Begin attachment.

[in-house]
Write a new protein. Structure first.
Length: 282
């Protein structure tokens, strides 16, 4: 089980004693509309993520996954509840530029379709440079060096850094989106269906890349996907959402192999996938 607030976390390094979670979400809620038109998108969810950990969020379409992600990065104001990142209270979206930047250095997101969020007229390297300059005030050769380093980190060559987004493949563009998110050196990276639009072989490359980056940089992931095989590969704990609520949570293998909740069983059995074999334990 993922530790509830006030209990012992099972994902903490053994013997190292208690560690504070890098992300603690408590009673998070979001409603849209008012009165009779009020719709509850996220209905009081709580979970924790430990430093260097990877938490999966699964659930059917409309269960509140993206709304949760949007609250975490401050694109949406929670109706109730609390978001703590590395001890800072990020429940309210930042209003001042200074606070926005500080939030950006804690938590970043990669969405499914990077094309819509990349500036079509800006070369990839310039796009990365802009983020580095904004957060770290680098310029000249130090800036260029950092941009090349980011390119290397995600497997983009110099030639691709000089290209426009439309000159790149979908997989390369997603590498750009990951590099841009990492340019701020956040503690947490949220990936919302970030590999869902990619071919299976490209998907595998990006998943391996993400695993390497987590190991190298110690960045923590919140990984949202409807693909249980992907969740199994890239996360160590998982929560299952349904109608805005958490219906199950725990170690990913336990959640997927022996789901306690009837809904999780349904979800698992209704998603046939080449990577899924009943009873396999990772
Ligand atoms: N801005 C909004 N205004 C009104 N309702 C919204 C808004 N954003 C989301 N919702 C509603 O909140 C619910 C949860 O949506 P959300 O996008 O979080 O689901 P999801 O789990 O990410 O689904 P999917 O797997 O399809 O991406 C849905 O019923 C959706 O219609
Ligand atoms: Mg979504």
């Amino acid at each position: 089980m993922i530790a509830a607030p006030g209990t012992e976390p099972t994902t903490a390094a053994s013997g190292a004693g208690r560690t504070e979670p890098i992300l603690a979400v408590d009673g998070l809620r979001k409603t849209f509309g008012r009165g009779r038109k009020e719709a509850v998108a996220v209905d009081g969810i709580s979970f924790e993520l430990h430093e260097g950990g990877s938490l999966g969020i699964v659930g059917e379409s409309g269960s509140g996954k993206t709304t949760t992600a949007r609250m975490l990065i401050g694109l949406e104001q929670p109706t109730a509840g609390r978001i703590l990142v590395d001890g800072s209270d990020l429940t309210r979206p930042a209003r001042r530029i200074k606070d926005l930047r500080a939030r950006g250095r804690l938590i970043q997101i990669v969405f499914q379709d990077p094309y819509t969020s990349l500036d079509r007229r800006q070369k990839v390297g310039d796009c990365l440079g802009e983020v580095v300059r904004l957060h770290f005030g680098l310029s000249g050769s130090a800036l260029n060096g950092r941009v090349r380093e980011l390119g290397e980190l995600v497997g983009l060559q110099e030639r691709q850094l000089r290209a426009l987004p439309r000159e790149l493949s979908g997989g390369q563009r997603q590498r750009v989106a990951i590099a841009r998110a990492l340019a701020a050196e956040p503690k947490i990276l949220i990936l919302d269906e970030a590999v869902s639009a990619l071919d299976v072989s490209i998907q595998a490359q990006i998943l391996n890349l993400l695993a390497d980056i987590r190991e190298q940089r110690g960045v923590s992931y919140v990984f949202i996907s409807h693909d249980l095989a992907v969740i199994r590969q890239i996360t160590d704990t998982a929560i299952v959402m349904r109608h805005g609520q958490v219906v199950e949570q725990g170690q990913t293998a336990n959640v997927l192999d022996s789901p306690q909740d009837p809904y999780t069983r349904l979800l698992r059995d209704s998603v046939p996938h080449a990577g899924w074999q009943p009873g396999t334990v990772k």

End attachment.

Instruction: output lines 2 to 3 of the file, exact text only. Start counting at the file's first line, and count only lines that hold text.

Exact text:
Write a new protein. Structure first.
Length: 282